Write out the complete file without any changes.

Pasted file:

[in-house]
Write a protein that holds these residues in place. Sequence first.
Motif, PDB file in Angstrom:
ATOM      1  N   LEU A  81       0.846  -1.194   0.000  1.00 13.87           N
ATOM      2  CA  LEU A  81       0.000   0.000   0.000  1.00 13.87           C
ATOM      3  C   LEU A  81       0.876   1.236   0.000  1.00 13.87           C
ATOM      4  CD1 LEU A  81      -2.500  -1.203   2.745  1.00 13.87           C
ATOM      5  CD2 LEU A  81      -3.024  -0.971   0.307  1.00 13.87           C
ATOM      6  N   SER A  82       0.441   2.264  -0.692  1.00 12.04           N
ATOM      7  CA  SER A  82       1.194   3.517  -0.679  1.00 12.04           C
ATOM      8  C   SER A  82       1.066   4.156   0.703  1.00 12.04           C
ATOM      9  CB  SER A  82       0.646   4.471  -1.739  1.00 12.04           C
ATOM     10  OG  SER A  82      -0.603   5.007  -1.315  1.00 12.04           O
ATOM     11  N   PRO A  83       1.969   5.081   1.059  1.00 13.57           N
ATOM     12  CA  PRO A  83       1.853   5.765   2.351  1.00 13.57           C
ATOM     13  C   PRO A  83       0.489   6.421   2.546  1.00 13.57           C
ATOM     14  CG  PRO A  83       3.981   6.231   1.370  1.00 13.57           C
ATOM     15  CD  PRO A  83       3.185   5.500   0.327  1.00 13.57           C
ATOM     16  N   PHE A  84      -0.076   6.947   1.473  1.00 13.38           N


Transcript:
[in-house]
Write a protein that holds these residues in place. Sequence first.
Motif, PDB file in Angstrom:
ATOM      1  N   LEU A  81       0.846  -1.194   0.000  1.00 13.87           N
ATOM      2  CA  LEU A  81       0.000   0.000   0.000  1.00 13.87           C
ATOM      3  C   LEU A  81       0.876   1.236   0.000  1.00 13.87           C
ATOM      4  CD1 LEU A  81      -2.500  -1.203   2.745  1.00 13.87           C
ATOM      5  CD2 LEU A  81      -3.024  -0.971   0.307  1.00 13.87           C
ATOM      6  N   SER A  82       0.441   2.264  -0.692  1.00 12.04           N
ATOM      7  CA  SER A  82       1.194   3.517  -0.679  1.00 12.04           C
ATOM      8  C   SER A  82       1.066   4.156   0.703  1.00 12.04           C
ATOM      9  CB  SER A  82       0.646   4.471  -1.739  1.00 12.04           C
ATOM     10  OG  SER A  82      -0.603   5.007  -1.315  1.00 12.04           O
ATOM     11  N   PRO A  83       1.969   5.081   1.059  1.00 13.57           N
ATOM     12  CA  PRO A  83       1.853   5.765   2.351  1.00 13.57           C
ATOM     13  C   PRO A  83       0.489   6.421   2.546  1.00 13.57           C
ATOM     14  CG  PRO A  83       3.981   6.231   1.370  1.00 13.57           C
ATOM     15  CD  PRO A  83       3.185   5.500   0.327  1.00 13.57           C
ATOM     16  N   PHE A  84      -0.076   6.947   1.473  1.00 13.38           N